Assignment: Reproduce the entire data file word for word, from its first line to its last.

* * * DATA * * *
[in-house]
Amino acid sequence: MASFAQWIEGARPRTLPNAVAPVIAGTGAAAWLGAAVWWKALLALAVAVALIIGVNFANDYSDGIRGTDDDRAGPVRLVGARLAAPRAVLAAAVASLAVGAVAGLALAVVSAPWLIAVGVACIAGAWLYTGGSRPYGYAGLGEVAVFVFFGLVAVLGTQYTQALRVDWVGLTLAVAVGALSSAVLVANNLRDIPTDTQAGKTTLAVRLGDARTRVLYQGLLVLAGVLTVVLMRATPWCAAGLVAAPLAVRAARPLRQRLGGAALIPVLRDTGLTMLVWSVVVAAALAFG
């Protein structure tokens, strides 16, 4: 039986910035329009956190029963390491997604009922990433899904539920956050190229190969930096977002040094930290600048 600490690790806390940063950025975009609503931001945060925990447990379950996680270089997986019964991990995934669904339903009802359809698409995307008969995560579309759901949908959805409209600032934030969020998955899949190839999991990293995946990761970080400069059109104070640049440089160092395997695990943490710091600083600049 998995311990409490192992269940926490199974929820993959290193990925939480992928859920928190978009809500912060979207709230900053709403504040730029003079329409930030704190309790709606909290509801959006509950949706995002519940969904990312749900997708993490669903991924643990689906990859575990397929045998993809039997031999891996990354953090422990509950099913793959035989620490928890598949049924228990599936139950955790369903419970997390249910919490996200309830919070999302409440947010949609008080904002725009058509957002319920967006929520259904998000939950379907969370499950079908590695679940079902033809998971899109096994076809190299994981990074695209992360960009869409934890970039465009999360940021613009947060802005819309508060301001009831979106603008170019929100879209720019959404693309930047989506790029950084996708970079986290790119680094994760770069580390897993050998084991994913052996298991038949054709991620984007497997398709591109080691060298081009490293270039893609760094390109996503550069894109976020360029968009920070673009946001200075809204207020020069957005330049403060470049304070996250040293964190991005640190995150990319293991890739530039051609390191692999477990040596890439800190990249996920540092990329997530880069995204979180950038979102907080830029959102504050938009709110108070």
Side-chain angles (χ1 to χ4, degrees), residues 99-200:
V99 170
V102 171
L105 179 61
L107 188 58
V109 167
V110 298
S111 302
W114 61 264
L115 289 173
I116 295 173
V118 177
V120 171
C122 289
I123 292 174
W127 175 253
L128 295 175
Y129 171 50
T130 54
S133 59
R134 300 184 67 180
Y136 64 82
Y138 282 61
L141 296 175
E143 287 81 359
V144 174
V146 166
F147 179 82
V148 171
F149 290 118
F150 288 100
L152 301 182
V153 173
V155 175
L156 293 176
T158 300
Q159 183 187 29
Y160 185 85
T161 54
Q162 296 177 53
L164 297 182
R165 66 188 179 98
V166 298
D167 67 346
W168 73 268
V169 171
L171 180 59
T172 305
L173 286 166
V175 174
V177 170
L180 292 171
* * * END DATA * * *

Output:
[in-house]
Amino acid sequence: MASFAQWIEGARPRTLPNAVAPVIAGTGAAAWLGAAVWWKALLALAVAVALIIGVNFANDYSDGIRGTDDDRAGPVRLVGARLAAPRAVLAAAVASLAVGAVAGLALAVVSAPWLIAVGVACIAGAWLYTGGSRPYGYAGLGEVAVFVFFGLVAVLGTQYTQALRVDWVGLTLAVAVGALSSAVLVANNLRDIPTDTQAGKTTLAVRLGDARTRVLYQGLLVLAGVLTVVLMRATPWCAAGLVAAPLAVRAARPLRQRLGGAALIPVLRDTGLTMLVWSVVVAAALAFG
């Protein structure tokens, strides 16, 4: 039986910035329009956190029963390491997604009922990433899904539920956050190229190969930096977002040094930290600048 600490690790806390940063950025975009609503931001945060925990447990379950996680270089997986019964991990995934669904339903009802359809698409995307008969995560579309759901949908959805409209600032934030969020998955899949190839999991990293995946990761970080400069059109104070640049440089160092395997695990943490710091600083600049 998995311990409490192992269940926490199974929820993959290193990925939480992928859920928190978009809500912060979207709230900053709403504040730029003079329409930030704190309790709606909290509801959006509950949706995002519940969904990312749900997708993490669903991924643990689906990859575990397929045998993809039997031999891996990354953090422990509950099913793959035989620490928890598949049924228990599936139950955790369903419970997390249910919490996200309830919070999302409440947010949609008080904002725009058509957002319920967006929520259904998000939950379907969370499950079908590695679940079902033809998971899109096994076809190299994981990074695209992360960009869409934890970039465009999360940021613009947060802005819309508060301001009831979106603008170019929100879209720019959404693309930047989506790029950084996708970079986290790119680094994760770069580390897993050998084991994913052996298991038949054709991620984007497997398709591109080691060298081009490293270039893609760094390109996503550069894109976020360029968009920070673009946001200075809204207020020069957005330049403060470049304070996250040293964190991005640190995150990319293991890739530039051609390191692999477990040596890439800190990249996920540092990329997530880069995204979180950038979102907080830029959102504050938009709110108070």
Side-chain angles (χ1 to χ4, degrees), residues 99-200:
V99 170
V102 171
L105 179 61
L107 188 58
V109 167
V110 298
S111 302
W114 61 264
L115 289 173
I116 295 173
V118 177
V120 171
C122 289
I123 292 174
W127 175 253
L128 295 175
Y129 171 50
T130 54
S133 59
R134 300 184 67 180
Y136 64 82
Y138 282 61
L141 296 175
E143 287 81 359
V144 174
V146 166
F147 179 82
V148 171
F149 290 118
F150 288 100
L152 301 182
V153 173
V155 175
L156 293 176
T158 300
Q159 183 187 29
Y160 185 85
T161 54
Q162 296 177 53
L164 297 182
R165 66 188 179 98
V166 298
D167 67 346
W168 73 268
V169 171
L171 180 59
T172 305
L173 286 166
V175 174
V177 170
L180 292 171